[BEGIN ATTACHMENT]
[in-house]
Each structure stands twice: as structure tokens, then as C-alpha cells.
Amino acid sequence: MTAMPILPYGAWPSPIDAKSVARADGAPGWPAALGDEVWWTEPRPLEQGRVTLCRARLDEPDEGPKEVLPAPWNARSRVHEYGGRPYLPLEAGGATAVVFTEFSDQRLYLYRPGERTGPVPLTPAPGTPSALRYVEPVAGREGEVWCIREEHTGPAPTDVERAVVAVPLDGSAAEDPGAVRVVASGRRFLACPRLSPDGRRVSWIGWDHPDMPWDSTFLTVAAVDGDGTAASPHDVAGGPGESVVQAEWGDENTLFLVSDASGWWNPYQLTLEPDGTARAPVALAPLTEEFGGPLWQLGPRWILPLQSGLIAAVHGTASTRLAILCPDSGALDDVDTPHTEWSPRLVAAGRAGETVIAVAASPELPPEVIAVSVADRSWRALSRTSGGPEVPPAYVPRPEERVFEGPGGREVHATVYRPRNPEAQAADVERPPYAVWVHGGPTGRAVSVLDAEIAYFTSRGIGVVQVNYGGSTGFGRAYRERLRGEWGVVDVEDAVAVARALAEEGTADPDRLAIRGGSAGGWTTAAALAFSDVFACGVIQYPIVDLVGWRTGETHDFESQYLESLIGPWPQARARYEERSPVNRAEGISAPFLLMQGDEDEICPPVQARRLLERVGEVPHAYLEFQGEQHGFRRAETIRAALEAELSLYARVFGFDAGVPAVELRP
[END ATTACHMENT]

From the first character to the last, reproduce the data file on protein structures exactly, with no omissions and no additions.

[in-house]
Each structure stands twice: as structure tokens, then as C-alpha cells.
Amino acid sequence: MTAMPILPYGAWPSPIDAKSVARADGAPGWPAALGDEVWWTEPRPLEQGRVTLCRARLDEPDEGPKEVLPAPWNARSRVHEYGGRPYLPLEAGGATAVVFTEFSDQRLYLYRPGERTGPVPLTPAPGTPSALRYVEPVAGREGEVWCIREEHTGPAPTDVERAVVAVPLDGSAAEDPGAVRVVASGRRFLACPRLSPDGRRVSWIGWDHPDMPWDSTFLTVAAVDGDGTAASPHDVAGGPGESVVQAEWGDENTLFLVSDASGWWNPYQLTLEPDGTARAPVALAPLTEEFGGPLWQLGPRWILPLQSGLIAAVHGTASTRLAILCPDSGALDDVDTPHTEWSPRLVAAGRAGETVIAVAASPELPPEVIAVSVADRSWRALSRTSGGPEVPPAYVPRPEERVFEGPGGREVHATVYRPRNPEAQAADVERPPYAVWVHGGPTGRAVSVLDAEIAYFTSRGIGVVQVNYGGSTGFGRAYRERLRGEWGVVDVEDAVAVARALAEEGTADPDRLAIRGGSAGGWTTAAALAFSDVFACGVIQYPIVDLVGWRTGETHDFESQYLESLIGPWPQARARYEERSPVNRAEGISAPFLLMQGDEDEICPPVQARRLLERVGEVPHAYLEFQGEQHGFRRAETIRAALEAELSLYARVFGFDAGVPAVELRP